What floored me was that no one had ever shared a story like that before! If I had my leg amputated and had just run my first marathon, there’d be celebration; if I had throat cancer and had spoken my first words there’d be a similar reaction. But no. Because my cancer was somewhere in between my navel and my knees and involved things sexual, this was a no-go area. 

Driven by a desire to make things right

All through my life, I had a mantra talking to me in the back of my mind when something didn’t feel right: “this isn’t right.” This isn’t right about me feeling bad expressing how I feel, this isn’t right about me feeling shame about being gay, this isn’t right about health professionals not helping me with how I’m feeling now I’ve no testosterone (being chemically castrated), this isn’t right about men not talking about how they feel about not being able to ejaculate.

That’s when, with the help of my urology nurses, I started The East Lancashire Prostate Cancer Support Group. But after a couple of years, I still felt my own very personal needs as a gay man weren’t being met. I was having to explain what it’s like to be a gay man. I didn’t want to have to explain myself and my lifestyle choices to other people. I wanted to be a part of a group that talked freely about my stuff.

That’s when I decided to help bring about a new support group: Out with Prostate Cancer. So with the resources of The LGBT Foundation, a gay radiologist, Macmillan and Prostate Cancer UK, the first UK support group for gay and bisexual men and transwomen was born, where anything is up for discussion. We started in Manchester nearly five years ago –Manchester is a city that welcomes diversity. We now have groups in Birmingham and London.

Moving in the right direction for gay men

I now feel that more and more of my needs are being met, but this has only come about as a result of me getting out there and knocking on doors, 'pushing the envelope' and demanding answers and resources. So I'm glad to hear that Prostate Cancer UK has now set up an online support group for gay and bisexual men and MSM (men who have sex with men).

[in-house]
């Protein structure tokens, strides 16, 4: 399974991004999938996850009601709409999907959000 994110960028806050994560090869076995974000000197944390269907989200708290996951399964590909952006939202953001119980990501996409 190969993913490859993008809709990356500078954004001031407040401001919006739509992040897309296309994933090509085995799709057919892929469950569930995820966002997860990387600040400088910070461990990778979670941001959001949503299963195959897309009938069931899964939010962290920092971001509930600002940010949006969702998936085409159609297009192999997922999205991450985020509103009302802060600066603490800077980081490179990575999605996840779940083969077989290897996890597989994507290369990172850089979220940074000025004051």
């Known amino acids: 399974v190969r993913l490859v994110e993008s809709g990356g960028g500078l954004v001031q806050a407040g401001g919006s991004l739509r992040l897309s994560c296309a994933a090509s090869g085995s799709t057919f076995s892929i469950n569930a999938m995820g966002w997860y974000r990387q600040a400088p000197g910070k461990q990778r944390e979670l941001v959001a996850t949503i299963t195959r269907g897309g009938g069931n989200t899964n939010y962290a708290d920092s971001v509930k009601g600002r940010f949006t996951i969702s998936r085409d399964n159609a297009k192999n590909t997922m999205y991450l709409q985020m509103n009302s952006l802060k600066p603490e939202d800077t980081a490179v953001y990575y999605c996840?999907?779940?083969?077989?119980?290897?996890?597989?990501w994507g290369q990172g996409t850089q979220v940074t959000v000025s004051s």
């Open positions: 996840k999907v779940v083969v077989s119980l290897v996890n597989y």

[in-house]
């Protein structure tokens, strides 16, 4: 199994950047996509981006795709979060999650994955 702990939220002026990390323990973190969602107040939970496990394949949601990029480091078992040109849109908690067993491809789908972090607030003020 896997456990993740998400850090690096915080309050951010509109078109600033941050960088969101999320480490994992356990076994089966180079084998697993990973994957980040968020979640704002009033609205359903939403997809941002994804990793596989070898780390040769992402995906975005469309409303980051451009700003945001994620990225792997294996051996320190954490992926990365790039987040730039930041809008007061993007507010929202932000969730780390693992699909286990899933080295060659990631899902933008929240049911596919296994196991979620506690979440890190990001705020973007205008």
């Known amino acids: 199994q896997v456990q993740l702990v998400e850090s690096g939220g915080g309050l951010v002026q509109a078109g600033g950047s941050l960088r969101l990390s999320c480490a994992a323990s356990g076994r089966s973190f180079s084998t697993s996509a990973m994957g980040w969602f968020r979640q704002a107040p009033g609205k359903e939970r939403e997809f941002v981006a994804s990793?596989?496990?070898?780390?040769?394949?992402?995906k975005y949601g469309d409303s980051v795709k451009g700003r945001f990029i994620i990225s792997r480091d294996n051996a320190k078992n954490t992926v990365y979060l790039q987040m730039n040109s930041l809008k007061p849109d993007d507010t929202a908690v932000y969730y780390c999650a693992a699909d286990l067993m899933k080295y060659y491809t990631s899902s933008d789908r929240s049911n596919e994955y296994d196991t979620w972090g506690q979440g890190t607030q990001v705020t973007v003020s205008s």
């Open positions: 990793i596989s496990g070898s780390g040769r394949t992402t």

I took part in the first session, which was a great success. Everyone who participated got involved with the conversation and were happy to share their experiences of prostate cancer. I understand the importance of talking to other men, so I would encourage any gay, bisexual or MSM who need extra support or have any concerns about prostate cancer to sign up and share how they feel.

We still have a long way to go but I feel that we are making steps in the right direction. I want men who are similar to myself and have gone through what I have to understand that there are resources out there for them.

Prostate Cancer UK has partnered up with Opening Doors London to trial a monthly online discussion group for gay and bisexual men and MSM affected by prostate cancer. To join the next online meeting on 20 December at 7pm, please register. We're also planning to trial more meetings for other groups, such as men on active surveillance and partners of men with prostate cancer.  

comments powered by Disqus